In Canada, Broadridge has over 30 self-clearing clients using their solutions and having a large and diverse client base creates the additional advantage of scale. “Broadridge is committed to ensuring our services stay current with regulatory and industry requirements,” says Mr. Dignam. “Broadridge brings great efficiency to the market by developing and modifying systems to support industry changes once, rather than having each firm in the industry make the changes on their own,” he says.

In addition to meeting the changing industry and regulatory requirements, individual advisors and investors are demanding changes and improvements in the way they do business and interact with each other. One of the most significant evolutions in the past 10 years has been the demand for real-time information. People are used to having instantaneous access to the most current information, be it restaurant reviews, news or stock market data over the Internet and on their smart-phones. In the context of an interaction between an investor and their advisor, this could be a simple as knowing that a change of address has been made correctly, or more complex transactions like using the specific proceeds of a dividend or interest payment to invest in other securities.

Any time there is a lag or latency, even a few hours, can create confusion, or worse, bad decisions based on this information. “Wherever possible, Broadridge eliminates this lag and ensures that the investor, advisor and even head-office operations people all have access to the same information at the same time. Functions that can be carried out and viewed on-screen as they happen can include buying and selling securities, conducting foreign currency exchanges, and even making non-financial account updates,” Mr. Dignam explains.

“In the case of the independent brokers, it is our own front-end [computer system], and we show information from a single source in real-time throughout the system,” Mr. Strijckers says. “If a customer phones and wants to move on a security, that can be done and they can see the results on the Internet all in real-time.”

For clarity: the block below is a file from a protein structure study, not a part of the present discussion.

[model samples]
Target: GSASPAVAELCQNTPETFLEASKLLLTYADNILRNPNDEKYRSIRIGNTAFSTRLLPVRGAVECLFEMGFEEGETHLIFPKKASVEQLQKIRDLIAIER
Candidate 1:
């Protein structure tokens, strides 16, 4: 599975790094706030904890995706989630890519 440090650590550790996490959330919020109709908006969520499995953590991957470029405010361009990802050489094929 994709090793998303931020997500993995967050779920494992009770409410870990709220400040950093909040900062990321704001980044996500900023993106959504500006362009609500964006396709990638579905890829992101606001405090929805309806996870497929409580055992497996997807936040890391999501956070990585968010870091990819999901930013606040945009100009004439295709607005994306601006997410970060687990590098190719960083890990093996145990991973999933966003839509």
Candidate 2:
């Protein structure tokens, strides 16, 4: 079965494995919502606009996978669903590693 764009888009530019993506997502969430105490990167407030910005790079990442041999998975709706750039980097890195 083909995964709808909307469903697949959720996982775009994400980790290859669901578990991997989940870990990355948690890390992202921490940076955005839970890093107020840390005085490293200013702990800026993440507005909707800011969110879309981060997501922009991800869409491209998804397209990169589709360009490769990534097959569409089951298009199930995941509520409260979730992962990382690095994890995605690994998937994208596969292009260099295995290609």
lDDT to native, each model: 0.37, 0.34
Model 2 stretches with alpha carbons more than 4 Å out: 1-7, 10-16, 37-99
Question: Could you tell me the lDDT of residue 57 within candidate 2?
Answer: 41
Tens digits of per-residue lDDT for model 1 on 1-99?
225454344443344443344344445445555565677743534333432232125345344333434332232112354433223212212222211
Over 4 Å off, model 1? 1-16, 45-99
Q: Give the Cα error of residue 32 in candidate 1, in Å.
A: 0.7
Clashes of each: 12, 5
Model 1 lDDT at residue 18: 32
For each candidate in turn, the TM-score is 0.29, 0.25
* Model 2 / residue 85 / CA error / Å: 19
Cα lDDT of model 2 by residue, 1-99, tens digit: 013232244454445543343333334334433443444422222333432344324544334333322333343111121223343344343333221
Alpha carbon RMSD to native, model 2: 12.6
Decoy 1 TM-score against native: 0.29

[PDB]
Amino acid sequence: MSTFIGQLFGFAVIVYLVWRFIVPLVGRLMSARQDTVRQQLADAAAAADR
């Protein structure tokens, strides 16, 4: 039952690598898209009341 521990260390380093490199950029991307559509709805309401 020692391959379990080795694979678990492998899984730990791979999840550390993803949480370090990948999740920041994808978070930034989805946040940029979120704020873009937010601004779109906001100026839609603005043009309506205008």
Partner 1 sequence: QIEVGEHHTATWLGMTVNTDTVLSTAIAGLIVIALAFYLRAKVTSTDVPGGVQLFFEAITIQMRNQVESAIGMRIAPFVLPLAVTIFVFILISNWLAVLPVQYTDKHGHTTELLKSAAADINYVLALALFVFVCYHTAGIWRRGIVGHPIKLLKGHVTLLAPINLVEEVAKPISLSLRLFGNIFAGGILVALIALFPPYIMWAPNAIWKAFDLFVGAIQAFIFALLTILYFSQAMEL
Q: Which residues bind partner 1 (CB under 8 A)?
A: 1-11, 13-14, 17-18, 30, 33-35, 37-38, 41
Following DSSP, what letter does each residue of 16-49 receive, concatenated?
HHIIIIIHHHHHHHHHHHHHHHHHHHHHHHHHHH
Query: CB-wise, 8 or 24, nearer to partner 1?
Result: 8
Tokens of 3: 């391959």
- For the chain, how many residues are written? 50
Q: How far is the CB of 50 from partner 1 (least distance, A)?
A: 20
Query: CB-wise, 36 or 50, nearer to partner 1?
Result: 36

For the larger firms that deploy other solutions around Broadridge, the opportunity exists to leverage data integration services that allow real-time transaction data and information to flow between systems.

Competing platforms, or multi-platform environments, are often able to perform many of these functions in “near-realtime” at best. In some cases there could be delays that range from hours to even the next business day in showing that a transaction has occurred.

Real-time access to client and account information is not just a key point of difference for brokerages; it ends an age-old frustration for the brokers they employ, notes Scott MacKenzie, vice-president of business development for Broadridge in Canada. Advisors with realtime tightly integrated solutions have the opportunity for value-added interactions with their investor clients, he notes. “Advisors today demand access to accurate client information. An advisor who knows that a dividend was received or a deposit was made in real-time can immediately invest or allocate funds to meet the clients objectives.”

The converse is also true, waiting 24 hours to know that a client transaction or account update wasn’t successful can have serious financial and reputational consequences, Mr. MacKenzie says.

Beside delivering better and faster information to brokers and investors electronically, Broadridge also works in the print realm in the production of old-fashioned paper account statements to brokerage customers. Here, the innovation is not speed but information that is easier to understand than what is typically produced by investment firms.

“What that means for the end customers is they can have a more readable, plain-language statement,” says Mr. Strijckers, who received firsthand feedback on this issue from his mother-in-law, whose firm converted to a Broadridge platform. “It’s much easier to read. She understands the statement now.”